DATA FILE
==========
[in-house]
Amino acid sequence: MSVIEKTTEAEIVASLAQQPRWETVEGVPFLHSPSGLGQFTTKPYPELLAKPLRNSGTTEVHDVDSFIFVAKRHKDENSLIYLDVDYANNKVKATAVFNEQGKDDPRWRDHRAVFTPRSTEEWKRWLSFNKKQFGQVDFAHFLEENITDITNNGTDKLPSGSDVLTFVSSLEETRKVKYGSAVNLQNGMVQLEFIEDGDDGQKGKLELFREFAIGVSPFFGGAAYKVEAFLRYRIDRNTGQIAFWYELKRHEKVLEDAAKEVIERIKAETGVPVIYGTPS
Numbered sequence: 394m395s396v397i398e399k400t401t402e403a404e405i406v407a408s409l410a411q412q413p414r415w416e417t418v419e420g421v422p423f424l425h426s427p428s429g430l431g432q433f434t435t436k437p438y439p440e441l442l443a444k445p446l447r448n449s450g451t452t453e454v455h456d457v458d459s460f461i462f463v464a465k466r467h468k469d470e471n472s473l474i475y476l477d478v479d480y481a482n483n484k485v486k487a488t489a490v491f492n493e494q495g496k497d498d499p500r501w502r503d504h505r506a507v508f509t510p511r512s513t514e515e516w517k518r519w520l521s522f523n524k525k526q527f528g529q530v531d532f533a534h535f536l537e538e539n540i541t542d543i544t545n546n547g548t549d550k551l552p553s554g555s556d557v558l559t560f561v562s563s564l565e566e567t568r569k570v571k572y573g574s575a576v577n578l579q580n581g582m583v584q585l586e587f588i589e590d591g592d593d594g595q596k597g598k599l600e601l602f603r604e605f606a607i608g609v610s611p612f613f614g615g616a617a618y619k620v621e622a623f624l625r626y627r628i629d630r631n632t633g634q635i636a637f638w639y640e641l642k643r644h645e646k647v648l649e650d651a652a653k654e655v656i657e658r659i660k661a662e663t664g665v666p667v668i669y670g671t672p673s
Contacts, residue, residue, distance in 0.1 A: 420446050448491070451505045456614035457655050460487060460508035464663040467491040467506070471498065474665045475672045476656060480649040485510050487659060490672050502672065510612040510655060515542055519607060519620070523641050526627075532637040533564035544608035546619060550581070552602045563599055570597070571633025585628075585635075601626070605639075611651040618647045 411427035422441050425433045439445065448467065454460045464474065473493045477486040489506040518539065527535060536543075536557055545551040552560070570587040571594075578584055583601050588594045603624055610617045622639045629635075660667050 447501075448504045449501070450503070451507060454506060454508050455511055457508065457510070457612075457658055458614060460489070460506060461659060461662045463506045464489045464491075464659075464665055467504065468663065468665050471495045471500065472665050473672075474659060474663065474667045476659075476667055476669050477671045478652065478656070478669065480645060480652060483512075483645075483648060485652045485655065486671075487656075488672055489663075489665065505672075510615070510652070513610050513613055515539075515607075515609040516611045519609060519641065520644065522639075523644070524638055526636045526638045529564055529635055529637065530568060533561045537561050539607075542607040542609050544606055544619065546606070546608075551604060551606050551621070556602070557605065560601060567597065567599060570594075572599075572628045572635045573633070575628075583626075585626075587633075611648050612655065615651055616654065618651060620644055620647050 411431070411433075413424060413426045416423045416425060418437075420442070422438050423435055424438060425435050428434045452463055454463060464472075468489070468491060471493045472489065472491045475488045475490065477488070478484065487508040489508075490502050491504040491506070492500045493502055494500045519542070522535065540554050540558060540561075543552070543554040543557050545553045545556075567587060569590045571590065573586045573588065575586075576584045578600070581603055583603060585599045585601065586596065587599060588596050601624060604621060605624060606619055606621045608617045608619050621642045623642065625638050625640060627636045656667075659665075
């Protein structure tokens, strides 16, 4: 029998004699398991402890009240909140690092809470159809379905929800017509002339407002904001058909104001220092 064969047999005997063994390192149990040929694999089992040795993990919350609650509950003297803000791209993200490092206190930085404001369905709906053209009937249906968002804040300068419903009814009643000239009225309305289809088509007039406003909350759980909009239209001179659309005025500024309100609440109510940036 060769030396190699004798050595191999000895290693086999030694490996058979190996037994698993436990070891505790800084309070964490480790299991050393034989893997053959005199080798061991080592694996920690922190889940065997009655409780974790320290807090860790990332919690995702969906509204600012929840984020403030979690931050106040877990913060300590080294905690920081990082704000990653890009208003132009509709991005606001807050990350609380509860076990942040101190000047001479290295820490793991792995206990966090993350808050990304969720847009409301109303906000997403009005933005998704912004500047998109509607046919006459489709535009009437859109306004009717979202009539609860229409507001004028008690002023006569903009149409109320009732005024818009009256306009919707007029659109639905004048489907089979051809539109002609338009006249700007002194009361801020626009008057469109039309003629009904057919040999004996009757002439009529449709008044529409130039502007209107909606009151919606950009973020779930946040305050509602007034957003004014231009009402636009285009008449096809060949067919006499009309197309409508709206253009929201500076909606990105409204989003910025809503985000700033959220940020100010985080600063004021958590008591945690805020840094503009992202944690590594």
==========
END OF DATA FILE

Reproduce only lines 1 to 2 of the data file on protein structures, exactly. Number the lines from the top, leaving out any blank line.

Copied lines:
[in-house]
Amino acid sequence: MSVIEKTTEAEIVASLAQQPRWETVEGVPFLHSPSGLGQFTTKPYPELLAKPLRNSGTTEVHDVDSFIFVAKRHKDENSLIYLDVDYANNKVKATAVFNEQGKDDPRWRDHRAVFTPRSTEEWKRWLSFNKKQFGQVDFAHFLEENITDITNNGTDKLPSGSDVLTFVSSLEETRKVKYGSAVNLQNGMVQLEFIEDGDDGQKGKLELFREFAIGVSPFFGGAAYKVEAFLRYRIDRNTGQIAFWYELKRHEKVLEDAAKEVIERIKAETGVPVIYGTPS